US Secretary of State John Kerry speaks at a press conference at the State Department in Washington, DC, on October 19, 2016US Secretary of State John Kerry and Iranian Foreign Minister Mohammad Javad Zarif have won an international diplomatic prize for their part in a historic agreement on Iran's nuclear program, organizers announced Monday. The two officials, who negotiated the deal face-to-face and together with counterparts from the P5+1 powers (the United States, China, Russia, France, Britain and Germany) between 2013 and 2015, won the Chatham House Prize "in recognition of their crucial roles" to resolve "one of the most intractable diplomatic stand-offs in international affairs in the 21st century," Britain's Chatham House think-tank said in a statement. The agreement -- aimed at stopping Iran from using its civilian nuclear industry to develop a nuclear weapon in exchange for the lifting of sanctions against Tehran -- was signed in July 2015 and implemented in January.

  • Migrants stream out of Calais 'Jungle' before demolition 

    A migrant arrives by bus from the Calais Jungle, on October 24, 2016 at the Montlaville castle in ChardonnayAlmost 2,000 migrants rode buses out of the Calais "Jungle" on Monday as French authorities kicked off an operation to dismantle the notorious camp that has become a symbol of Europe's refugee crisis. "Bye Bye, Jungle!" one group of migrants shouted as they hauled luggage through the muddy lanes of the shantytown where thousands of mainly Afghans, Sudanese and Eritreans had holed up, desperate to sneak into Britain. Interior Minister Bernard Cazeneuve said 1,918 migrants had left Calais on buses bound for 80 reception centres across France under a heavy police presence.

  • Pope grants Venezuela president private audience 

    Pope Francis met Venezuela's Nicolas Maduro in a private capacity, because the pontiff's heart was with the Venezuelan peoplePope Francis on Monday granted Venezuelan President Nicolas Maduro a surprise private audience at the Vatican in the midst of a deep political crisis in the South American country. A statement from the Holy See said Francis had met Maduro because the pontiff's heart was with the Venezuelan people. Maduro is accused by the opposition-majority legislature of committing a coup d'etat by blocking a referendum on removing him from power.

  • Merged Yoox Net-A-Porter aims to be as mobile as shoppers 

    In this Friday, Oct. 7, 2016, photo, Yoox Net-A-Porter CEO Federico Marchetti poses following an interview, in New York. Marchetti is investing in new technology and adding more services like same-day delivery in new markets like Dubai. He says he wants to transform the online company into a mobile-only venture. (AP Photo/Bebeto Matthews)NEW YORK (AP) — The merged luxury group Yoox Net-A-Porter Group is aiming to be as mobile as its shoppers.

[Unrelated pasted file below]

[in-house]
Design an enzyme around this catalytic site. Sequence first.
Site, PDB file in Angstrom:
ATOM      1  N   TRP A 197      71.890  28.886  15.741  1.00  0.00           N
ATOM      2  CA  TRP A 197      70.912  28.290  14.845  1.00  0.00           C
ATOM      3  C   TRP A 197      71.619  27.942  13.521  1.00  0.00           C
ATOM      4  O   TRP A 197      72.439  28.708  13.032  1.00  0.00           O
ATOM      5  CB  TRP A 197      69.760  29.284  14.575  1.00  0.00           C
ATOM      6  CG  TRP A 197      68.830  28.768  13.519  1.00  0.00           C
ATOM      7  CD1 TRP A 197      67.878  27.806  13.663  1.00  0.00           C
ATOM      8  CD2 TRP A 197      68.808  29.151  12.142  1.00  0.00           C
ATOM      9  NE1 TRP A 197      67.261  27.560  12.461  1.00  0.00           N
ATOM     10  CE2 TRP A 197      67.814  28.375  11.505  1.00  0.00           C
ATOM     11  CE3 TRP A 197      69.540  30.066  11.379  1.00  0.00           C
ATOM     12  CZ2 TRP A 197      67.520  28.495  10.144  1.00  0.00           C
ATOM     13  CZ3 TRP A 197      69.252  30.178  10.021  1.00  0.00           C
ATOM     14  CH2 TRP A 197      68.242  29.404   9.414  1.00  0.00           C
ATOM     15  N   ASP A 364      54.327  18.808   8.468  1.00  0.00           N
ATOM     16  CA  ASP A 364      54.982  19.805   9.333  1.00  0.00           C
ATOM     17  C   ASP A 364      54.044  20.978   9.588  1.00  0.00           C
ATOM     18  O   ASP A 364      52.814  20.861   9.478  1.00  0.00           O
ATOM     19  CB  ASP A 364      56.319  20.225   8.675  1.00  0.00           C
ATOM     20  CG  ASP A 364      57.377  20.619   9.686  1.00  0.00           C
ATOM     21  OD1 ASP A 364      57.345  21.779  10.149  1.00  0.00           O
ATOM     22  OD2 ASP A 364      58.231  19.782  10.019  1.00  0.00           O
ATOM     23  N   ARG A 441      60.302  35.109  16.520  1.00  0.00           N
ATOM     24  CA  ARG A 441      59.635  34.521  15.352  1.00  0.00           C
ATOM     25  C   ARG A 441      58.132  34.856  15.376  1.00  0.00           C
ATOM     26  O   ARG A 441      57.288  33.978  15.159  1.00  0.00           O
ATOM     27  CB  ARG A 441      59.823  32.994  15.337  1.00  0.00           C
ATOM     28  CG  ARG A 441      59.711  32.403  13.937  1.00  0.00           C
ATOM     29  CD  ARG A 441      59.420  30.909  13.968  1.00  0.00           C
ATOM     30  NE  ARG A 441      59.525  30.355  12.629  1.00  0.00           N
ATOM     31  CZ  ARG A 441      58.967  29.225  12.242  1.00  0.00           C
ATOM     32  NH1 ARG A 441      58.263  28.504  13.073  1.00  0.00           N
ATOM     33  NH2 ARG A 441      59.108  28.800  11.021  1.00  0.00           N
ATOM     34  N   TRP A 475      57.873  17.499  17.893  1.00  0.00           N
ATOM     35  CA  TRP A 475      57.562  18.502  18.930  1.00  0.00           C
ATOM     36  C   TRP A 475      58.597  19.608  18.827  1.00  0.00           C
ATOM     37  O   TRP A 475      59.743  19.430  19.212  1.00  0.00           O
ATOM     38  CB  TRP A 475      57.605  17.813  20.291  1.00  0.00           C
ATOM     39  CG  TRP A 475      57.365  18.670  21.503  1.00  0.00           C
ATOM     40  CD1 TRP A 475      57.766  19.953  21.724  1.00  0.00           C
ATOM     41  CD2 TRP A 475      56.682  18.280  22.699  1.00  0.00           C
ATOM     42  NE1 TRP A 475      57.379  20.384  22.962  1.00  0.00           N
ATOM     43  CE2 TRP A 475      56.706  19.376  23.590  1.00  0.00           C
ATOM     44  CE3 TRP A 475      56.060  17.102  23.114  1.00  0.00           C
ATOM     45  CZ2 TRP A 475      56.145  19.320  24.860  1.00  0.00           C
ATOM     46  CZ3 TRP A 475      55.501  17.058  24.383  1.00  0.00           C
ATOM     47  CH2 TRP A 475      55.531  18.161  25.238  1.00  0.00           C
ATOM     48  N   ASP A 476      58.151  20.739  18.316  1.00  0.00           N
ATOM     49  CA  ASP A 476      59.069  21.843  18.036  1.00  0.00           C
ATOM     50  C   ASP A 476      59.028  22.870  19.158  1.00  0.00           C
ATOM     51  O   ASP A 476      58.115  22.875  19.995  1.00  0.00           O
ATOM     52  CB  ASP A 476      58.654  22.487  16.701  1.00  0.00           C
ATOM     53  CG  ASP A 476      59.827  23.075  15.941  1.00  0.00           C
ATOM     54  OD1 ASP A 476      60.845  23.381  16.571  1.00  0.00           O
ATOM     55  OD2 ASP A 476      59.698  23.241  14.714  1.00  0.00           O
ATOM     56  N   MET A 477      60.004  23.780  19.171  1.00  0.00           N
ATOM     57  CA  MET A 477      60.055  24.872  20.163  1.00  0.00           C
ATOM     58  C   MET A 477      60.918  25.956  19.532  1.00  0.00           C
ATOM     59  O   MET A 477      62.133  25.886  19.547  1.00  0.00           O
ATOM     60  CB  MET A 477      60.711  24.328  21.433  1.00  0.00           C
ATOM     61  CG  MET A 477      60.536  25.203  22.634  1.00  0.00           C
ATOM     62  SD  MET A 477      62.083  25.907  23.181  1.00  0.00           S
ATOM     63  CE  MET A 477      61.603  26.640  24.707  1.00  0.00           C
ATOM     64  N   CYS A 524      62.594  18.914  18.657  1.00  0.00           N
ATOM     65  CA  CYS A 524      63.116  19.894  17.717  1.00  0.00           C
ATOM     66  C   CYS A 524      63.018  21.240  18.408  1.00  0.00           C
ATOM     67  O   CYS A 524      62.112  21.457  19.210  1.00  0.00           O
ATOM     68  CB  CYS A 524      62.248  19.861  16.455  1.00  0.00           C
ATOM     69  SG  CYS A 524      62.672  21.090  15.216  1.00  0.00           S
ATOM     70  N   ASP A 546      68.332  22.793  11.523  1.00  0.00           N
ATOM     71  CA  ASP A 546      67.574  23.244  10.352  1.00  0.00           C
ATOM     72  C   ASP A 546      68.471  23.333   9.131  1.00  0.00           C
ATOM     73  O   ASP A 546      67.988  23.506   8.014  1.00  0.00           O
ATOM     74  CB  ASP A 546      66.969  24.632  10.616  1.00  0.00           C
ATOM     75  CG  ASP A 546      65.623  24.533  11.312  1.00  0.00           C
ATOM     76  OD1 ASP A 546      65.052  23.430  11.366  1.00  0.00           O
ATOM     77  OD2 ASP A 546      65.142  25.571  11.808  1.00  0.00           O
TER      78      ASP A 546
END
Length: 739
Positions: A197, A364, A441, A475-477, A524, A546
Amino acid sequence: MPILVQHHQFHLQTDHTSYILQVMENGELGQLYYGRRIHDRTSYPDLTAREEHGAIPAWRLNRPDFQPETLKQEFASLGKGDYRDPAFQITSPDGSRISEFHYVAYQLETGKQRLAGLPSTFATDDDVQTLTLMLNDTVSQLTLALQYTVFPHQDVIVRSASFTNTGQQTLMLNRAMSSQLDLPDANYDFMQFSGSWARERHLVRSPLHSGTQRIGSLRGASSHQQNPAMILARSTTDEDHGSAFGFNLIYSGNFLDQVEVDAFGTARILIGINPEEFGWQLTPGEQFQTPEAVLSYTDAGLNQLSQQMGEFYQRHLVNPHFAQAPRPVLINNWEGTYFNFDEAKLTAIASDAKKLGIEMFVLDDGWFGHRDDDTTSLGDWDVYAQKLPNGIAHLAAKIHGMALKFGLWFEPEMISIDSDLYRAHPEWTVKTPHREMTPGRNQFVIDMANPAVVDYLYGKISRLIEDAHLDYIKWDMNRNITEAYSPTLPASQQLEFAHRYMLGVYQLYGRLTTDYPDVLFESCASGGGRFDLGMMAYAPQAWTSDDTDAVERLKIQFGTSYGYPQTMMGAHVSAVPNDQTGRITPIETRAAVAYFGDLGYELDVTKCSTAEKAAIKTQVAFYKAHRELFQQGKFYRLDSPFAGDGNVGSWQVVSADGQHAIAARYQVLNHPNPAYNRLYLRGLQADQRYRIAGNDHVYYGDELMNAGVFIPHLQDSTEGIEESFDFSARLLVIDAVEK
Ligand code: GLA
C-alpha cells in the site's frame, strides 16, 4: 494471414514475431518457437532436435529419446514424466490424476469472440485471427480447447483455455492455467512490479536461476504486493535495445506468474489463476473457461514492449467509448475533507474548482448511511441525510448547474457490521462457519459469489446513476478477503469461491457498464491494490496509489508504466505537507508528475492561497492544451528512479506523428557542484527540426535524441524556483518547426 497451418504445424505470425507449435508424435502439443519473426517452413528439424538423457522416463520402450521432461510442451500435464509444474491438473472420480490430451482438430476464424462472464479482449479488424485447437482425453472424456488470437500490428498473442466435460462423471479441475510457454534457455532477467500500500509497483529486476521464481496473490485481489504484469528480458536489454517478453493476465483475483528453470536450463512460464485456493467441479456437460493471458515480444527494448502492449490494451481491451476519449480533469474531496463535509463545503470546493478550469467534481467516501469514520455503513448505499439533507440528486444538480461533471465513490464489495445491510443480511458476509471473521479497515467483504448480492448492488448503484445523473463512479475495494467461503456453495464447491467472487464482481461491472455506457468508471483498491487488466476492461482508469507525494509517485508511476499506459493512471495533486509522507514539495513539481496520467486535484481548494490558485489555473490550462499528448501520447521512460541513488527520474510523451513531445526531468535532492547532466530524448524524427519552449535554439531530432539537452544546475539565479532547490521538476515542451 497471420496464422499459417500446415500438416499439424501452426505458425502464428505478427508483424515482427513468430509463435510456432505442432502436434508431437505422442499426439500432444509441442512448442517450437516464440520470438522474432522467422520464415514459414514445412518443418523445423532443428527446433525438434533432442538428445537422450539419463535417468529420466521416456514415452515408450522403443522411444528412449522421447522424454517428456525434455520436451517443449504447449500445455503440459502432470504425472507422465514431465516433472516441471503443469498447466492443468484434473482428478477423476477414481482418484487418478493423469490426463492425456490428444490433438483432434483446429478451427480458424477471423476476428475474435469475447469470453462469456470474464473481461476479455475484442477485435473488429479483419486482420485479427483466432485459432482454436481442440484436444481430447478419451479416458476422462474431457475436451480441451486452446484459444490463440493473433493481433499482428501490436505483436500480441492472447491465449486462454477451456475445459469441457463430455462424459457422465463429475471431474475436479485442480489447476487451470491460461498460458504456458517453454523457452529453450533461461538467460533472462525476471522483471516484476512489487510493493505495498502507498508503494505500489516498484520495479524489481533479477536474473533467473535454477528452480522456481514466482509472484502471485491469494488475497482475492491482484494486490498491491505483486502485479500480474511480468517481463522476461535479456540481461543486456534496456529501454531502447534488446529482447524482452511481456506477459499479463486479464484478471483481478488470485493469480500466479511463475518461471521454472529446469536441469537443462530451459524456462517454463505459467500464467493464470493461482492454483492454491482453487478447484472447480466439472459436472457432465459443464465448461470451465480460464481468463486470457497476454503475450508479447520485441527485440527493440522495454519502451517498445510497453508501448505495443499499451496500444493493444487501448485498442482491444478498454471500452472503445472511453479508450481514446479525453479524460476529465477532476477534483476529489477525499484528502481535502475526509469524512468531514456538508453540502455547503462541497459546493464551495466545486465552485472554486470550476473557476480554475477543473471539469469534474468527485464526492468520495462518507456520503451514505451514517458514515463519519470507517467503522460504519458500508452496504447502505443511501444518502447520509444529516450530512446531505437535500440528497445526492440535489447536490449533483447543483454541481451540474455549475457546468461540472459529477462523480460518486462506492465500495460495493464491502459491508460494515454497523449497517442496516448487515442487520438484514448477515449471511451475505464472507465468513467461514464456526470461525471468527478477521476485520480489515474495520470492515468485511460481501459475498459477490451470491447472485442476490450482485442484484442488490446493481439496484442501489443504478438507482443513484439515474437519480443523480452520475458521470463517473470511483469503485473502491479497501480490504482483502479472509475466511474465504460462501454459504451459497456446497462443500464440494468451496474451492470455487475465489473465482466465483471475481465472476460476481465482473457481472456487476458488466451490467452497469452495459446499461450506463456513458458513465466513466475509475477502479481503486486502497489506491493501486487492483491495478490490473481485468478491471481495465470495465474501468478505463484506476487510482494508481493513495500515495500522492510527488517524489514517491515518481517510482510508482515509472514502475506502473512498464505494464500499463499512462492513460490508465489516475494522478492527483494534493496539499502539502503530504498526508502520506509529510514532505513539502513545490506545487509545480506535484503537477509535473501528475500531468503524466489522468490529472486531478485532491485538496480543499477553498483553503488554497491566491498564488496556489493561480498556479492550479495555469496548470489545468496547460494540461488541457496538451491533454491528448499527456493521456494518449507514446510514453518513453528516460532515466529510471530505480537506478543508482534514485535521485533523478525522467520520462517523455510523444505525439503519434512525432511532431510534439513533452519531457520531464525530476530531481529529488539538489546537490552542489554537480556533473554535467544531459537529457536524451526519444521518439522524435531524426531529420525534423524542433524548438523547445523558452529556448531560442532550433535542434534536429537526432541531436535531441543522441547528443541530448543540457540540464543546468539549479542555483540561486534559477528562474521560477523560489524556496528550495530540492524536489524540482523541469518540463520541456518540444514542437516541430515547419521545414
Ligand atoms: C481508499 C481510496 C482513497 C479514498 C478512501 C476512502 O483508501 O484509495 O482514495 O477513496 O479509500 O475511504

• Church raps Austria's far-right presidential candidate for invoking God 

    Norbert Hofer, Joint Acting President of Austria and Third President of the National Council, speaks during a panel discussion in GenevaAustria's Protestant church criticized the far-right candidate for president on Monday for using the phrase "so help me God" on his campaign posters, saying his party's anti-immigrant stance ran against Christian principles. Norbert Hofer, the anti-immigrant Freedom Party's (FPO)presidential hopeful, uses the line in the hope it will help persuade voters to make him the European Union's first far-right head of state in a run-off election on Dec. 4. The result of a previous run-off in May, which the 45-year-old eurosceptic narrowly lost to former Green Party leader Alexander Van der Bellen, 72, was annulled due to irregularities in counting postal ballots.

  • Venezuelan assembly declares 'coup' by Maduro govt 

    The president of the Venezuelan National Assembly, Henry Ramos Allup, leads an extraordinary session of the National Assembly, in Caracas on October 23, 2016Venezuela's opposition-majority legislature declared Sunday that President Nicolas Maduro's government had committed a coup d'etat by blocking a referendum on removing him from power, vowing mass protests and international pressure. The measure came during an emergency session on the economic and political crisis gripping the South American oil giant, which briefly descended into chaos when a group of Maduro supporters forced its way past security guards and burst into the National Assembly, causing lawmakers to halt the proceedings for 45 minutes.